Ivo van Hove is a rarity: a stage director who has bridged the divide between experimental European theatermaking and the story-driven demands of the commercial American stage.
Who might follow in his arresting footsteps? Here, courtesy of critics and writers for The New York Times, are names to watch — and where to watch some of their coming productions.
Last year, this Australian director made a blistering New York debut with “Yerma,” a tale of obsession descending into madness. The trademark of Mr. Stone’s emerging career seems to be high-concept sets: an enclosed transparent box in “Yerma,” a three-story grid of rooms in “Hotel Strindberg,” a revolving abode in “Ibsen House.” Just as the characters have nowhere to hide, Mr. Stone’s productions turn classics inside out — he usually rewrites them — the better to reveal their guts. ELISABETH VINCENTELLI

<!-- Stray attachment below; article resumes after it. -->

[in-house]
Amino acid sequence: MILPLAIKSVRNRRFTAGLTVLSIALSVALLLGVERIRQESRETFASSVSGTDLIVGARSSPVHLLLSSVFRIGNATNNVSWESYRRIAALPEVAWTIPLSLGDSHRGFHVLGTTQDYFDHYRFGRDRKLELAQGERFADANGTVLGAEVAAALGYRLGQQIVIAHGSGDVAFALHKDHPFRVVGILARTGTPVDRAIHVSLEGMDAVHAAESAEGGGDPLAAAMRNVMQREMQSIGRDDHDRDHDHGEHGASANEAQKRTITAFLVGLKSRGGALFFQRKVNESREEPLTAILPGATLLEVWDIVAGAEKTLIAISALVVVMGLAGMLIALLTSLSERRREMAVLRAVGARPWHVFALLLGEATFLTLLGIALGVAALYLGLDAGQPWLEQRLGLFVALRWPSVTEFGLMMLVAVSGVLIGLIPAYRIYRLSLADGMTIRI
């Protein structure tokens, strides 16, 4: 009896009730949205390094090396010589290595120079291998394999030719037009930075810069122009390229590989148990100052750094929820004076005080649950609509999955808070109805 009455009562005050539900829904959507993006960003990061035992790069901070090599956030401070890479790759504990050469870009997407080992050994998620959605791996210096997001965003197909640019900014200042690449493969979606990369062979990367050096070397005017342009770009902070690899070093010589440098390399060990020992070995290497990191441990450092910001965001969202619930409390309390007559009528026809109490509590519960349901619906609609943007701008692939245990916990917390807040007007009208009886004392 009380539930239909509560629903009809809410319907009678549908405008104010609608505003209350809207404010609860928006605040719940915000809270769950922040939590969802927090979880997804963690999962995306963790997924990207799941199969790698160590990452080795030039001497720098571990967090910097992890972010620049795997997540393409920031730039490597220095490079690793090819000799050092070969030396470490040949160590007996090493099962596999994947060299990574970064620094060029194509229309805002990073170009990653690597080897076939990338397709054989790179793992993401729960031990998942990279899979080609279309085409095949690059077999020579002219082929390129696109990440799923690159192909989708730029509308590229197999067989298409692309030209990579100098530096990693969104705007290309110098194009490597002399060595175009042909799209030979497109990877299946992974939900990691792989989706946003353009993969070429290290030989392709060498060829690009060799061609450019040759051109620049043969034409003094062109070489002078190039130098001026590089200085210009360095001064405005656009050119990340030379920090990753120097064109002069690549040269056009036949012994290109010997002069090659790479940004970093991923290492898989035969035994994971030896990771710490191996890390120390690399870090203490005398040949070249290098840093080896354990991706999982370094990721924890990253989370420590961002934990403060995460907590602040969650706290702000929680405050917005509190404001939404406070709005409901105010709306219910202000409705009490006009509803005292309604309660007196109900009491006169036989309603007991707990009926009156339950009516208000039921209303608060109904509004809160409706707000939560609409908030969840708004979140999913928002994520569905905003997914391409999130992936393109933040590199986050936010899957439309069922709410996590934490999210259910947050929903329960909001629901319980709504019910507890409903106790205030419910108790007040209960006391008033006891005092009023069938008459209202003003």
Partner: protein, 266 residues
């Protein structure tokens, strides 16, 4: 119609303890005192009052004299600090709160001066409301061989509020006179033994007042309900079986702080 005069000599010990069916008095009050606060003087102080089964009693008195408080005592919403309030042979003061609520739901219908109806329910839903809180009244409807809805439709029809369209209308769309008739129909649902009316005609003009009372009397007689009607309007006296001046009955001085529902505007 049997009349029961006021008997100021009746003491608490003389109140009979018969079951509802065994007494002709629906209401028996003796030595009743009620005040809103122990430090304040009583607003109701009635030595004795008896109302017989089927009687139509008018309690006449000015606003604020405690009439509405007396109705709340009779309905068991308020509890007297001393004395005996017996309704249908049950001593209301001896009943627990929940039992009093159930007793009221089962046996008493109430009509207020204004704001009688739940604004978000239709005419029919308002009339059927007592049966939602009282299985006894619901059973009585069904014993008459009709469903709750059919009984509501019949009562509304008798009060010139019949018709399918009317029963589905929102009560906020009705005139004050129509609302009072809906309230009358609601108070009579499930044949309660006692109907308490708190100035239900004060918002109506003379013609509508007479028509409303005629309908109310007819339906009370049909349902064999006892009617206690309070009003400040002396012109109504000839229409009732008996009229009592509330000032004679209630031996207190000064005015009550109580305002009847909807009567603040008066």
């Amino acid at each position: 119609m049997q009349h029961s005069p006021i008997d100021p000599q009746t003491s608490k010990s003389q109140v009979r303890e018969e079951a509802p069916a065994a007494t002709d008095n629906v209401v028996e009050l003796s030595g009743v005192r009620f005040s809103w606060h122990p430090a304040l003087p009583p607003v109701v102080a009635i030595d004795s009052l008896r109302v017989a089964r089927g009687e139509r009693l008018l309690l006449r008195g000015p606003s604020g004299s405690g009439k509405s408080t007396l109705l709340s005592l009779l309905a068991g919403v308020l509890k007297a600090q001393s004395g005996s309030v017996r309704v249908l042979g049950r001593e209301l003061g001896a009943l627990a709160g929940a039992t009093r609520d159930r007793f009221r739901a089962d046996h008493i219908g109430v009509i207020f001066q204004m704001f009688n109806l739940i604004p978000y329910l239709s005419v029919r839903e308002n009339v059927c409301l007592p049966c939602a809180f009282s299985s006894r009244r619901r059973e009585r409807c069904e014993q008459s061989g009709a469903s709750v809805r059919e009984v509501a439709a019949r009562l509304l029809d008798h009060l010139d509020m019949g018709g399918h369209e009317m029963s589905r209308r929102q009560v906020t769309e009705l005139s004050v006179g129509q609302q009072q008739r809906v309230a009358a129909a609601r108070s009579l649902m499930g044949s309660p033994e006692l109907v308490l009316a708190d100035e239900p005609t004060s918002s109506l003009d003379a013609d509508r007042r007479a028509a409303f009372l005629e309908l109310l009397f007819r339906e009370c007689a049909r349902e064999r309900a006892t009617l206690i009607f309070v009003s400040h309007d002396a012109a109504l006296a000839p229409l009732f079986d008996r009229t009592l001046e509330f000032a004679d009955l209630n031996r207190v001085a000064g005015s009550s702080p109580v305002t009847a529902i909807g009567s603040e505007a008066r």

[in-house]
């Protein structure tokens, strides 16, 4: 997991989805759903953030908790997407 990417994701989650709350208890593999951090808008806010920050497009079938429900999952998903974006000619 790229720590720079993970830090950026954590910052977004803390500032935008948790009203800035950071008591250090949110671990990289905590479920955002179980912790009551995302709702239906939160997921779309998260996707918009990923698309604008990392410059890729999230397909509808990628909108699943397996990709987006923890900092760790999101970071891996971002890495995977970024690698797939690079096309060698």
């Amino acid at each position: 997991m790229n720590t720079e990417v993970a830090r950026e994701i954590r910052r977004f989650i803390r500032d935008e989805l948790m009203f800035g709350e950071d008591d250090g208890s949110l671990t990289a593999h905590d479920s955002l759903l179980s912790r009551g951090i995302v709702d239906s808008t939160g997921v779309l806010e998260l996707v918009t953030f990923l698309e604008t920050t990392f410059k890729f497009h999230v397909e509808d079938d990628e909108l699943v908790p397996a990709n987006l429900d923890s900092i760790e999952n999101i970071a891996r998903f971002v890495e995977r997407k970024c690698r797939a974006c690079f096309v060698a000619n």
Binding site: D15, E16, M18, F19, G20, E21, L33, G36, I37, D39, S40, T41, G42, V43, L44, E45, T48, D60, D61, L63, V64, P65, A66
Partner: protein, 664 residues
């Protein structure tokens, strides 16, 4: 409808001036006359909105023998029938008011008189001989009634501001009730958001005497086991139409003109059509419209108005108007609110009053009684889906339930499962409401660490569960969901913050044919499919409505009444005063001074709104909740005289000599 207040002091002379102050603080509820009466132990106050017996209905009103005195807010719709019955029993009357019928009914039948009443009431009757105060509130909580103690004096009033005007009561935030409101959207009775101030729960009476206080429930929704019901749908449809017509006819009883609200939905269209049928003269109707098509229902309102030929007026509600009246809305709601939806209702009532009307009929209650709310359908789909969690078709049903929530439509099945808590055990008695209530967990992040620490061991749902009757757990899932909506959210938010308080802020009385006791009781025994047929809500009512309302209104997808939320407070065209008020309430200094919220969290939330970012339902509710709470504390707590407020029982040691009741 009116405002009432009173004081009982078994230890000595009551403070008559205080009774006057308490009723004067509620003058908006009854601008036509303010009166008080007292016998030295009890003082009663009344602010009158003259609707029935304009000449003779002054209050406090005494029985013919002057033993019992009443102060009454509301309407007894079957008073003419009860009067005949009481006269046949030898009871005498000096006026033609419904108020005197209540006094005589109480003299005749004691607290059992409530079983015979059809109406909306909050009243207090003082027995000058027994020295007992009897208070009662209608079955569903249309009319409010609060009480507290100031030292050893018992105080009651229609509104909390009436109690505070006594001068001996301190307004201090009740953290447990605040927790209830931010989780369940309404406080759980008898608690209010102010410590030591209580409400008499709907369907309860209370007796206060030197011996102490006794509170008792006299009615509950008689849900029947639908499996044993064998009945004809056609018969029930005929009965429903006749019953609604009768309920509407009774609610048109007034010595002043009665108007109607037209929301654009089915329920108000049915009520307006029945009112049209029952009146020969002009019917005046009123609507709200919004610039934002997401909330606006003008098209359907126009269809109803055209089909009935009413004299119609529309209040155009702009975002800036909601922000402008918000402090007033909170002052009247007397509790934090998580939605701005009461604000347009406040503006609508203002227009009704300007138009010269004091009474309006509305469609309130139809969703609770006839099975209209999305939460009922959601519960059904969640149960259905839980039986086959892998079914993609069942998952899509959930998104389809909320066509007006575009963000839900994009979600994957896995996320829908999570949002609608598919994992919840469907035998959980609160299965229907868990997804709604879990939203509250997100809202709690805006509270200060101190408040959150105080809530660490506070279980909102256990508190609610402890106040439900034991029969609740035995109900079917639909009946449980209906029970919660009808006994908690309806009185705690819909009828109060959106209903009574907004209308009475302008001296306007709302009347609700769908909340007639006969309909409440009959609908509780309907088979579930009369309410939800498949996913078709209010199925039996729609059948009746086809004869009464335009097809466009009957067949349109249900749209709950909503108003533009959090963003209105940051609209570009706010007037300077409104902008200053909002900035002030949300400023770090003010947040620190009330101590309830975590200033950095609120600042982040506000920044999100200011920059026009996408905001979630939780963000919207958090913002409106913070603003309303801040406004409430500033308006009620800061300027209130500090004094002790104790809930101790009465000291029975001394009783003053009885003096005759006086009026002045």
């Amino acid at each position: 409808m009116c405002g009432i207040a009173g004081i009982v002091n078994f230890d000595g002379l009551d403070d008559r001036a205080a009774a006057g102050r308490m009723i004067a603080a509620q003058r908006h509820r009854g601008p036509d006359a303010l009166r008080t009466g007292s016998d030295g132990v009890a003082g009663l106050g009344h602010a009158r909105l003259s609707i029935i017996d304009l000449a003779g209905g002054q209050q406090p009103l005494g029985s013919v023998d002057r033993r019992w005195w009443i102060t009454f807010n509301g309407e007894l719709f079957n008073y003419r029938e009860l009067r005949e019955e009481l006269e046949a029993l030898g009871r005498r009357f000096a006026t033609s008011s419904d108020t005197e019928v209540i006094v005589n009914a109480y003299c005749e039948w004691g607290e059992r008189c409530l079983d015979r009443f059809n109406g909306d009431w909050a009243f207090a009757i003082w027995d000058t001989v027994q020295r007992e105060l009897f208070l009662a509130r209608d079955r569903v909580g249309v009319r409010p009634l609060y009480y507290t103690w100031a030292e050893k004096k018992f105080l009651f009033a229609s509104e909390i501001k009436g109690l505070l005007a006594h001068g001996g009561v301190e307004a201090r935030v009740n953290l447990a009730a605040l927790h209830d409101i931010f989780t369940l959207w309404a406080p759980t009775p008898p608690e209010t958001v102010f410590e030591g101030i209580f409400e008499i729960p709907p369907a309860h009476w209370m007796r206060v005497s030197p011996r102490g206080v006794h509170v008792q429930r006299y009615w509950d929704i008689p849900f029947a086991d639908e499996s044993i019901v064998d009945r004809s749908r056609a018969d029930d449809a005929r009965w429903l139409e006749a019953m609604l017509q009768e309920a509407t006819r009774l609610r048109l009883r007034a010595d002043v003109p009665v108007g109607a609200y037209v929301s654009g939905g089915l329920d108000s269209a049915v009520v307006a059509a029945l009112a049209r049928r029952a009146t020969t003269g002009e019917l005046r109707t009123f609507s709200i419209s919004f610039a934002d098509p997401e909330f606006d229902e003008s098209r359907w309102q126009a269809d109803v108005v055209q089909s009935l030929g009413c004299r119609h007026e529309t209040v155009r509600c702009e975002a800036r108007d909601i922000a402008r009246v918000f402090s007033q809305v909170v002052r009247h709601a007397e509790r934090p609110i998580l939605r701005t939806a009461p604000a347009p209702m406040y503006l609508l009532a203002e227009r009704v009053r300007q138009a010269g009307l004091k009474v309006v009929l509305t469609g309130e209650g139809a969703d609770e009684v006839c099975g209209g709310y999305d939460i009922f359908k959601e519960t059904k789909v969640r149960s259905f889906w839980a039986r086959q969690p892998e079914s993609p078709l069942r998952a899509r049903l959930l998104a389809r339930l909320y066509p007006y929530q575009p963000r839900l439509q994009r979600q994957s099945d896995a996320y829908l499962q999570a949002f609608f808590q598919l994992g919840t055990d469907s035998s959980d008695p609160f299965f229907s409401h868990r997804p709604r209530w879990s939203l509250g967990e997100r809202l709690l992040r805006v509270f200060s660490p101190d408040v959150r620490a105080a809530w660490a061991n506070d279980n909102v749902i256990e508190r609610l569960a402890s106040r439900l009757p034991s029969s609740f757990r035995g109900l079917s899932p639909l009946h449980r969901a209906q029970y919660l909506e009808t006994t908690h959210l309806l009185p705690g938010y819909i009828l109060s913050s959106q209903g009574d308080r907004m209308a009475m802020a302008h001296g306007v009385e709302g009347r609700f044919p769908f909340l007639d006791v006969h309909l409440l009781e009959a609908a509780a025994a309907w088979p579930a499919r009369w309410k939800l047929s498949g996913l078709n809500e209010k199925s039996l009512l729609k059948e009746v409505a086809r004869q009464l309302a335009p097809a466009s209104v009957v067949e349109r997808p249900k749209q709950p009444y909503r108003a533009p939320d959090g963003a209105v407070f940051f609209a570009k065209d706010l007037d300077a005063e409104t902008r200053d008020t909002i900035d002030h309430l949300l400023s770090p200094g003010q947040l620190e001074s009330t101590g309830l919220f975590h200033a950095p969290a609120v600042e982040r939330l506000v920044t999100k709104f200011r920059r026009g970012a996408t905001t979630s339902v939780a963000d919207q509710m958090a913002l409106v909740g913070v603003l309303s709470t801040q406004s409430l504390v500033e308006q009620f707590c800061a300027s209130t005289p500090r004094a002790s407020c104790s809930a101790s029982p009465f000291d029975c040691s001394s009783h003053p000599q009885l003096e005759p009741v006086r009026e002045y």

The Swiss-born director’s taboo-testing productions led one publication to call him “the world’s most controversial director.” He broke out in 2009 with “The Last Days of the Ceausescus,” about the trial and execution of Romania’s Communist leader and his wife, while “La Reprise” — in which he re-enacts the murder of a gay man in Belgium — was the talk of this year’s Avignon Festival. His New York debut, in March at N.Y.U. Skirball, will be “Five Easy Pieces,” about Marc Dutroux, a notorious pedophile and murderer. Almost all the actors are children. ALEX MARSHALL